BelleCurve Sat 02-Apr-11 16:32:38

Thanks IC for the inspiring clip, I will definitely watch that documentary. IIRC Liberia had the first only female president in Africa as well.

I certainly think we can do a lot by bringing our DCs in the right way, but the idea of waiting several more generations to have an impact is not doing much for my impatience!

BelleCurve Sat 02-Apr-11 16:37:17

I suppose a parallel could be drawn with the anti-apartheid movement - it certainly hasn't ended racism in South Africa but it has changed the power structure in many ways.

It seems to me that we would have more chance of changing the cultural attitudes after women were in power

im22 Sat 02-Apr-11 20:43:36

Simply stating that "It is just so sexist and privileged" does not make it so. The statement was pointing out that most evidence shows that the gender pay gap is due to women's choices pre-career (although intuitively I would have assumed once in a career, the choices made by women also largely affect the pay gap eg. maternity leave, hours worked etc).
If you would like to show some evidence to back up your claim (that the statement was sexist etc.) rather than just asserting it to be so, then I would gladly like to read the article/links you provide.

Secondly, explain which country is revolting to put a worse regime in place? I had assumed they were revolting to replace their governing regimes with democratically elected ones? But obviously since I don't see the patriarchy at play everywhere as you do, I mustn't be as smart as you and would therefore also like to read the articles/links/evidence you have access to so I can become just a little more enlightened with the ways of the world

AliceWorld Sat 02-Apr-11 21:33:23

BC - I think it's lots of little stuff, that can eventually lead to a tipping point. You're right that ending apartheid in SA does not end racism. It ends a structure that legitimises it, so then opinion change becomes easier. It's like lap dancing clubs. They legitimise a particular way of viewing women. If they didn't exist, that way of viewing would become less legitimised, and so opinion would change. Of course it's not simple, like ending slavery (well not actually ending it in reality, but anyway) not eliminating racist ways of viewing that stem from it.

HerBeX Sat 02-Apr-11 21:42:21

The choices women make pre-employment stage, are not made in a vacuum.

My choice is to have a really interesting, engaging, high status, high paid career and to function properly as a hands on mother with lots of time and energy for my children with a really good work life balance.

Unfortunately, the way the job market is structured at the moment, militiates against giving me that choice in the main. And the people who wrote that shit, are so privileged that they can't see that the structures of the market place are limiting women's choices, because they see the structures as normal, immutable and unchangeable - they simply can't envisage an employment marketplace which works to accomodate the needs of families, where work is organised around families rather than families around work.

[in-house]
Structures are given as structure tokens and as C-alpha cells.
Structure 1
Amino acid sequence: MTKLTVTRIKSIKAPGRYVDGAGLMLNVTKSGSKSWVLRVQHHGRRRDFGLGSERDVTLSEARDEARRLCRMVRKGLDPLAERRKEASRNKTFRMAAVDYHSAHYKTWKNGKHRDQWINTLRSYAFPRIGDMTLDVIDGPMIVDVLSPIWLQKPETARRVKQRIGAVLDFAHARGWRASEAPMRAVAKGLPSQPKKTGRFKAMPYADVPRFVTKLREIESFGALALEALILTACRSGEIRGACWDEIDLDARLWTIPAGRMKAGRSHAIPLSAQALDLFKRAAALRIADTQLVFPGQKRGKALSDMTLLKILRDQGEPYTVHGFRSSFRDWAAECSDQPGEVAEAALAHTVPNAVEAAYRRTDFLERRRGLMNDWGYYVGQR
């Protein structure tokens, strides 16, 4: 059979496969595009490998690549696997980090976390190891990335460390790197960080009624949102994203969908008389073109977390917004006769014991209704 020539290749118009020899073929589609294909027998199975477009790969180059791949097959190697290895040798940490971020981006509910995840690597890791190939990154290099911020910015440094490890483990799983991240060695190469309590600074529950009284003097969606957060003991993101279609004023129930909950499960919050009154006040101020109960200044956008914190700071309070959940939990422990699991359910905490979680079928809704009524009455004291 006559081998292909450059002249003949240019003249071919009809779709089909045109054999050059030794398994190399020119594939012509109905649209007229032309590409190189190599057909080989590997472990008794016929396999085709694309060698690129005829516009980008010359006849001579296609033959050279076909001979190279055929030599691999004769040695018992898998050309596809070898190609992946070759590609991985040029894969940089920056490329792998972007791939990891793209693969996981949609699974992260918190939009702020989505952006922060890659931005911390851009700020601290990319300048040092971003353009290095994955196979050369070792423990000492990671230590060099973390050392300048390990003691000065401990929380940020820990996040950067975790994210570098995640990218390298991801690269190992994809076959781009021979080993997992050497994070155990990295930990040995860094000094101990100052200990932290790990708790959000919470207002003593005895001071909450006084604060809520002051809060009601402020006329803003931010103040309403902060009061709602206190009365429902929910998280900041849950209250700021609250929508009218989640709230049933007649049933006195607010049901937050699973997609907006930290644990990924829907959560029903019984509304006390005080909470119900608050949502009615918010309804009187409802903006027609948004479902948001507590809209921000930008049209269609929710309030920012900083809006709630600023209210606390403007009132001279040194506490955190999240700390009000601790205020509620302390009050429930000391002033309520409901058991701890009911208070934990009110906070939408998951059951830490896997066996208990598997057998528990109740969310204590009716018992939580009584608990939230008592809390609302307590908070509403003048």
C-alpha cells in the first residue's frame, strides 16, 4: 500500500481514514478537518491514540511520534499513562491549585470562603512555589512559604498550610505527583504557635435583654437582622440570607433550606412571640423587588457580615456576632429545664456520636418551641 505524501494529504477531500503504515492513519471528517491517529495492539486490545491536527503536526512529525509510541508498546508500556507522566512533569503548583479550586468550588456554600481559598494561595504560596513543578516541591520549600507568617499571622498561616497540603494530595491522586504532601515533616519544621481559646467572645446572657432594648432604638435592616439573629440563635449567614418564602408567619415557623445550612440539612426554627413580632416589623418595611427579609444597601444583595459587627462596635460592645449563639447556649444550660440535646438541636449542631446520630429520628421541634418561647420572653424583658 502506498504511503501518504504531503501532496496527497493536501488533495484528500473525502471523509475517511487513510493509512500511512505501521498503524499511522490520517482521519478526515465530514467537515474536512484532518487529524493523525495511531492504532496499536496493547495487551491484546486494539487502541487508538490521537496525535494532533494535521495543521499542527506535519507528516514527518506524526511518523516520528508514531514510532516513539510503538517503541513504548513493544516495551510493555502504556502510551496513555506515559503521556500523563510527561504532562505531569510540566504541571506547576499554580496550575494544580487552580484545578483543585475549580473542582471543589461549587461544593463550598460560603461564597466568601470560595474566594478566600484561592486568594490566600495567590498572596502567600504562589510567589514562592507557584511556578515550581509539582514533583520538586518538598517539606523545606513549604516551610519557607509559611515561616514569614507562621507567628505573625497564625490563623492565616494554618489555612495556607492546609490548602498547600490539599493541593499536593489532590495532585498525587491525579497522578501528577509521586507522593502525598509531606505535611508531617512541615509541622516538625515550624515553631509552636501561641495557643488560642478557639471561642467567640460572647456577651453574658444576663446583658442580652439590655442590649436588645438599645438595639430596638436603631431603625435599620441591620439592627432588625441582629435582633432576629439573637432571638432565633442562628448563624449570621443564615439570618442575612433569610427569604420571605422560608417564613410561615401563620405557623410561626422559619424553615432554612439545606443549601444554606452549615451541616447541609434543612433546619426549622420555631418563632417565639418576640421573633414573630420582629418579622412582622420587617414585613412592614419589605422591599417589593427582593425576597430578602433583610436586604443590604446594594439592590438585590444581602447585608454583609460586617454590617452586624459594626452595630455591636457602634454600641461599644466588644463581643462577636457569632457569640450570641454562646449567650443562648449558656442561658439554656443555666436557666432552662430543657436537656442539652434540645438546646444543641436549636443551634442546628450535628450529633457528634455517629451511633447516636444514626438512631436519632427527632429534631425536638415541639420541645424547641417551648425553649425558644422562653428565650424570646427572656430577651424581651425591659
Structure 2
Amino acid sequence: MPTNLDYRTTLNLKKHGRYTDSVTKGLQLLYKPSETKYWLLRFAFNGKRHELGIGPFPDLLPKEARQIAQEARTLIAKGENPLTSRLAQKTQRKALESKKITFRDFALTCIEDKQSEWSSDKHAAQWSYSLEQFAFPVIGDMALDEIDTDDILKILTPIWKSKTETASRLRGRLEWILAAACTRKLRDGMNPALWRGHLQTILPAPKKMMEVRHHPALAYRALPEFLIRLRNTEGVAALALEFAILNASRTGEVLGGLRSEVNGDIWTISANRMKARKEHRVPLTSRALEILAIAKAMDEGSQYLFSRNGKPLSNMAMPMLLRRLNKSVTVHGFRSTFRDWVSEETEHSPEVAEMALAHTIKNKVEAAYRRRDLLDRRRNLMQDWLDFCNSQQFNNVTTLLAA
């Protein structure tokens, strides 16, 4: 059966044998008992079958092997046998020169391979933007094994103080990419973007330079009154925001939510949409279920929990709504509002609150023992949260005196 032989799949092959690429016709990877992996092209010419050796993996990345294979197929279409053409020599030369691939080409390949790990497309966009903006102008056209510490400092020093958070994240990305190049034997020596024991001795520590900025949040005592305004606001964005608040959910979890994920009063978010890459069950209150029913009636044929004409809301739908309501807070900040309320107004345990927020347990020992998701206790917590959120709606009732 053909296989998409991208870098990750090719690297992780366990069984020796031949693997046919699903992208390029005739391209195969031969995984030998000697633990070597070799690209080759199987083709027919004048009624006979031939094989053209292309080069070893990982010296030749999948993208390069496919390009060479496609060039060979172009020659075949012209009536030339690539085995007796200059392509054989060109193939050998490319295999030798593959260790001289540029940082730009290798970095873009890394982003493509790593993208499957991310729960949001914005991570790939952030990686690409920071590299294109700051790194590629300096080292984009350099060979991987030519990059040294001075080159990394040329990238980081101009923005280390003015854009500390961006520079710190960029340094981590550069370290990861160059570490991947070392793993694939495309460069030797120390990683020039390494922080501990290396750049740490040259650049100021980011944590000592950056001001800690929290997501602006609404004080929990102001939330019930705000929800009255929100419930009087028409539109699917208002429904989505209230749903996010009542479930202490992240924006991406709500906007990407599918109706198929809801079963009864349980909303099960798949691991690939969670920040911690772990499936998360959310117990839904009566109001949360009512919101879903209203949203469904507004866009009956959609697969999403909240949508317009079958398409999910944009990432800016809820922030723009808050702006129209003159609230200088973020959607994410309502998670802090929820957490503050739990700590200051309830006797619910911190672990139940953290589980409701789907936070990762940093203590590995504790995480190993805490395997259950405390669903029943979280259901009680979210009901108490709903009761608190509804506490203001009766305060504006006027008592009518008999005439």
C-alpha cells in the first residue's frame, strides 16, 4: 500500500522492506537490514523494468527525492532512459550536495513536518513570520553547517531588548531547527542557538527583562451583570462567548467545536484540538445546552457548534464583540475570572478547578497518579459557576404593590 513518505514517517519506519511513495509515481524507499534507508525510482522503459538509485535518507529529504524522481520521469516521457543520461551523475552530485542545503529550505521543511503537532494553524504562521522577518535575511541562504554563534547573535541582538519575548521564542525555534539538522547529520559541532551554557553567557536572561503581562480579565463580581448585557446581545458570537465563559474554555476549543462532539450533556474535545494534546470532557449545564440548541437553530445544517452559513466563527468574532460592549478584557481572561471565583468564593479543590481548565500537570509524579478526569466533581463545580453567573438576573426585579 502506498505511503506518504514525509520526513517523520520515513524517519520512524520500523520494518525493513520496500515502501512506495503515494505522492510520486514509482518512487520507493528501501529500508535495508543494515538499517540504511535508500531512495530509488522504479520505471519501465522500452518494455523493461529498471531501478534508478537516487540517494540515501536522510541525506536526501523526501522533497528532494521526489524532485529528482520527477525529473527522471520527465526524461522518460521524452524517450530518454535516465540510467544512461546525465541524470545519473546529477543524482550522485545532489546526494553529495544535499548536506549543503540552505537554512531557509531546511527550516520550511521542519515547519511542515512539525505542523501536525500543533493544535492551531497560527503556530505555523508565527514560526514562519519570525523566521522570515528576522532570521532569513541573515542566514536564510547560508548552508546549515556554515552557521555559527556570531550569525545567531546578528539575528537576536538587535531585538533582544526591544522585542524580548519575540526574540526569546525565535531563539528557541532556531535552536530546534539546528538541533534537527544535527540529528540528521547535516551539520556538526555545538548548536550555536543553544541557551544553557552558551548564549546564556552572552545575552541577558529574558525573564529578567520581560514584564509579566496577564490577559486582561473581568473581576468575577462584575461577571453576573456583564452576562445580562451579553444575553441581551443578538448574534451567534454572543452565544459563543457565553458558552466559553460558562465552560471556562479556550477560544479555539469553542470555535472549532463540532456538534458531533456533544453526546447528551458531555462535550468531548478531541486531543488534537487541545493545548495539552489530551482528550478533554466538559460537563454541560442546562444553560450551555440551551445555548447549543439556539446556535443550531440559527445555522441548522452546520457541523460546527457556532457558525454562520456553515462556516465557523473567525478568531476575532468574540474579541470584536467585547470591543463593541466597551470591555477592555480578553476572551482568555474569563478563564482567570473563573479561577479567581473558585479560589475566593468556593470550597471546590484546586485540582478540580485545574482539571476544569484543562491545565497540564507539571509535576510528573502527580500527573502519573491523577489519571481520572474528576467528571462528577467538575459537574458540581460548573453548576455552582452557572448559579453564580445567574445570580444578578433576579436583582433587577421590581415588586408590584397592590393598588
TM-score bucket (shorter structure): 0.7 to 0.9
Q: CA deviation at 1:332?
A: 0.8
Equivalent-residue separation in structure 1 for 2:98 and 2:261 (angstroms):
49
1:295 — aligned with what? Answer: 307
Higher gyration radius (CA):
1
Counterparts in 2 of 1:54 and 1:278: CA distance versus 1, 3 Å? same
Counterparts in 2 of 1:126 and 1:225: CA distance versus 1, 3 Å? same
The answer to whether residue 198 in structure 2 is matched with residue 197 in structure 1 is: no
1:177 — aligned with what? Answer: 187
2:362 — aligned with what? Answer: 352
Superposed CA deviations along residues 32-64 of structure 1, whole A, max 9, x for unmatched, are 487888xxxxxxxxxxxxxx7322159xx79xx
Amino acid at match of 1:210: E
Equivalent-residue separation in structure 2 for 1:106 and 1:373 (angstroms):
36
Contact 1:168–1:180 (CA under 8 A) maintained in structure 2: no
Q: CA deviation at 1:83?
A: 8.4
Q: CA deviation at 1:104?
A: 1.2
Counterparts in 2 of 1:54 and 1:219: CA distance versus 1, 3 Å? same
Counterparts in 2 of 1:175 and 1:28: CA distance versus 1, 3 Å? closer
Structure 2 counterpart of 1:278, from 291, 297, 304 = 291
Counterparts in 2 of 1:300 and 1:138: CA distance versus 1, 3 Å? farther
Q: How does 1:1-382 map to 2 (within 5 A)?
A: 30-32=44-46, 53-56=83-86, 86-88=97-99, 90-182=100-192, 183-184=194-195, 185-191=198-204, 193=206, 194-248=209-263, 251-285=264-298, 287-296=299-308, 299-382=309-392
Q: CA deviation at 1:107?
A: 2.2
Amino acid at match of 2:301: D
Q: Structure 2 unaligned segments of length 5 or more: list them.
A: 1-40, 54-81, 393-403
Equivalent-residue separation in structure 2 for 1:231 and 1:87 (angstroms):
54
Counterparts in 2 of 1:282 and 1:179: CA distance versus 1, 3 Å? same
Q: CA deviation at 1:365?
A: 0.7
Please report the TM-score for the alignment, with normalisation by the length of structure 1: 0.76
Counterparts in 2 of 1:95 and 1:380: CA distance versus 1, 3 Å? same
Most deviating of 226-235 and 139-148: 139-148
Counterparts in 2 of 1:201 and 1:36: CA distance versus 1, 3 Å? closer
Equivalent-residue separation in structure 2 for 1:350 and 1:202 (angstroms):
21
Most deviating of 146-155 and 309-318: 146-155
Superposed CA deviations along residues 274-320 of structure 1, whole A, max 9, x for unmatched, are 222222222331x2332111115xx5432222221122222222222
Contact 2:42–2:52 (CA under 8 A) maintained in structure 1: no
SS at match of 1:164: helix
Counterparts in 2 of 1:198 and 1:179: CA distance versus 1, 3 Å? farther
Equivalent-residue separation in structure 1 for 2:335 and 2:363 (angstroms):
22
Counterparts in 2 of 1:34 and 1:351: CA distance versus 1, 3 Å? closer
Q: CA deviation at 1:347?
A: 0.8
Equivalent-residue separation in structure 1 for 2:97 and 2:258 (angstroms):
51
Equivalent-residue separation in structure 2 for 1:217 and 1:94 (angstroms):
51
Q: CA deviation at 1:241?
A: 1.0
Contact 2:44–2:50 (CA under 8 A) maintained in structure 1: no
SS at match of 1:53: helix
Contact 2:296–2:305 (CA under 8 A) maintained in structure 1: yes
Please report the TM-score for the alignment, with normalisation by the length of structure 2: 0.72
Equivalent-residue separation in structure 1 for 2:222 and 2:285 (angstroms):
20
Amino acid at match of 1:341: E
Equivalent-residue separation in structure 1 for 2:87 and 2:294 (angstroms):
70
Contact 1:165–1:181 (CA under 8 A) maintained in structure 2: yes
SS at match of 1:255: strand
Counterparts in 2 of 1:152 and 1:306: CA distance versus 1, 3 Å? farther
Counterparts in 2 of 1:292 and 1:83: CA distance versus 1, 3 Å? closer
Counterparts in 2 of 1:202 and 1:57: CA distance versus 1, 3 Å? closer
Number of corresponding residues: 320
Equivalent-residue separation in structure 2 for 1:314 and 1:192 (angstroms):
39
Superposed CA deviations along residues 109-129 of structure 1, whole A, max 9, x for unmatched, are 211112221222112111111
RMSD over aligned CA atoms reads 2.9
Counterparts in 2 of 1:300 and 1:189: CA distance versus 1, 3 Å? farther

I hope that answers our question Im22 but I expect it won't because you don't really want it answered do you, you don't agree with feminist analysis or goals.

BelleCurve Sat 02-Apr-11 21:57:31

The IOD quote is en example of a patriarchial institution protecting the existing privileged status of their members. There are further examples of their policy on the gender pay gap and their resistance to measures to increase the number of women on boards on their website.

My choices pre-career were to become pursue academic and professional qualifications as I believed that I was entitled to pay and promotion based on merit. I am specifically not saying equal pay to a man as I believe that I have better qualifications and experience than many men in my industry and that I contribute more value to my organisation. However, I am subject to gender pay differences and that in my view is the patriarchy at work.

In Egypt and Libya, a strong force in the rebel movements are the Muslim Brotherhood who would likely be more oppressive of women. In Libya there is a rebel force which is engaging in a civil war -I am not aware of any democratic process.

BelleCurve Sat 02-Apr-11 22:00:05

But instead of getting drawn into a debate on what/whether there is a patriarchy and defending our world view - any more ideas on what we (those of us who see the patriarchy everywhere) can do to change this system?

AliceWorld Sat 02-Apr-11 22:05:45

"any more ideas on what we (those of us who see the patriarchy everywhere) can do to change this system?"

Me, me! I posted some! grin to be fair they were shit

BelleCurve Sat 02-Apr-11 22:23:58

Thanks Alice - I missed those. So we protest to close down lap-dancing clubs/ stop new ones from opening which is a good idea and already being done by feminist activists now.

I suppose I am feeling that we can be more ambitious, more immediate. We (women) are so conditioned that if we ask nicely, politely, with rational explanations - eventually we will be allowed to join in with power.

Maybe it is just me, but I feel that we have had enough of waiting and asking nicely?